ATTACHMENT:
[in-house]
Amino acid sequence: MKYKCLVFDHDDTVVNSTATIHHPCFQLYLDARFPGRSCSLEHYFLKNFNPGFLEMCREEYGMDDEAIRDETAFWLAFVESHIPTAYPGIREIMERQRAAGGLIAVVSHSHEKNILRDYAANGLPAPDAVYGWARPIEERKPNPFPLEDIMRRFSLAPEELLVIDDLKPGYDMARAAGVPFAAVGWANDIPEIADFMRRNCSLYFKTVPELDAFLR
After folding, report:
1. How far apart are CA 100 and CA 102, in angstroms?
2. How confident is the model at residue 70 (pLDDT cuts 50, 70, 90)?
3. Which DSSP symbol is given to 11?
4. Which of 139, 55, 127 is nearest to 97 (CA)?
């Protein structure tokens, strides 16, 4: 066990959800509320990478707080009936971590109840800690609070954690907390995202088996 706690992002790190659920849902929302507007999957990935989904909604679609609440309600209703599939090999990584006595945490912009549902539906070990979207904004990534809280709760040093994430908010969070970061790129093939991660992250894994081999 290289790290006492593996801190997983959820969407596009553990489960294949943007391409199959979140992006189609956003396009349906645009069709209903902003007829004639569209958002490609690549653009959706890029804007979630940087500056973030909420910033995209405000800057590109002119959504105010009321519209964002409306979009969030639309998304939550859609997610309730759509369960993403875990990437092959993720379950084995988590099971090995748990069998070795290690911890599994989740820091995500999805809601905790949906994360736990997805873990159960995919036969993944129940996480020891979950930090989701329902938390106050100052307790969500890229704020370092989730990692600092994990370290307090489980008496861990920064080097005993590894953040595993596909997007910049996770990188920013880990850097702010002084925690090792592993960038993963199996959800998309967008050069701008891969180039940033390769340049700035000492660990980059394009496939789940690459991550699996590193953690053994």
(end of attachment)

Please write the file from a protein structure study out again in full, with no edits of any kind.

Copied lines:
[in-house]
Amino acid sequence: MKYKCLVFDHDDTVVNSTATIHHPCFQLYLDARFPGRSCSLEHYFLKNFNPGFLEMCREEYGMDDEAIRDETAFWLAFVESHIPTAYPGIREIMERQRAAGGLIAVVSHSHEKNILRDYAANGLPAPDAVYGWARPIEERKPNPFPLEDIMRRFSLAPEELLVIDDLKPGYDMARAAGVPFAAVGWANDIPEIADFMRRNCSLYFKTVPELDAFLR
After folding, report:
1. How far apart are CA 100 and CA 102, in angstroms?
2. How confident is the model at residue 70 (pLDDT cuts 50, 70, 90)?
3. Which DSSP symbol is given to 11?
4. Which of 139, 55, 127 is nearest to 97 (CA)?
């Protein structure tokens, strides 16, 4: 066990959800509320990478707080009936971590109840800690609070954690907390995202088996 706690992002790190659920849902929302507007999957990935989904909604679609609440309600209703599939090999990584006595945490912009549902539906070990979207904004990534809280709760040093994430908010969070970061790129093939991660992250894994081999 290289790290006492593996801190997983959820969407596009553990489960294949943007391409199959979140992006189609956003396009349906645009069709209903902003007829004639569209958002490609690549653009959706890029804007979630940087500056973030909420910033995209405000800057590109002119959504105010009321519209964002409306979009969030639309998304939550859609997610309730759509369960993403875990990437092959993720379950084995988590099971090995748990069998070795290690911890599994989740820091995500999805809601905790949906994360736990997805873990159960995919036969993944129940996480020891979950930090989701329902938390106050100052307790969500890229704020370092989730990692600092994990370290307090489980008496861990920064080097005993590894953040595993596909997007910049996770990188920013880990850097702010002084925690090792592993960038993963199996959800998309967008050069701008891969180039940033390769340049700035000492660990980059394009496939789940690459991550699996590193953690053994």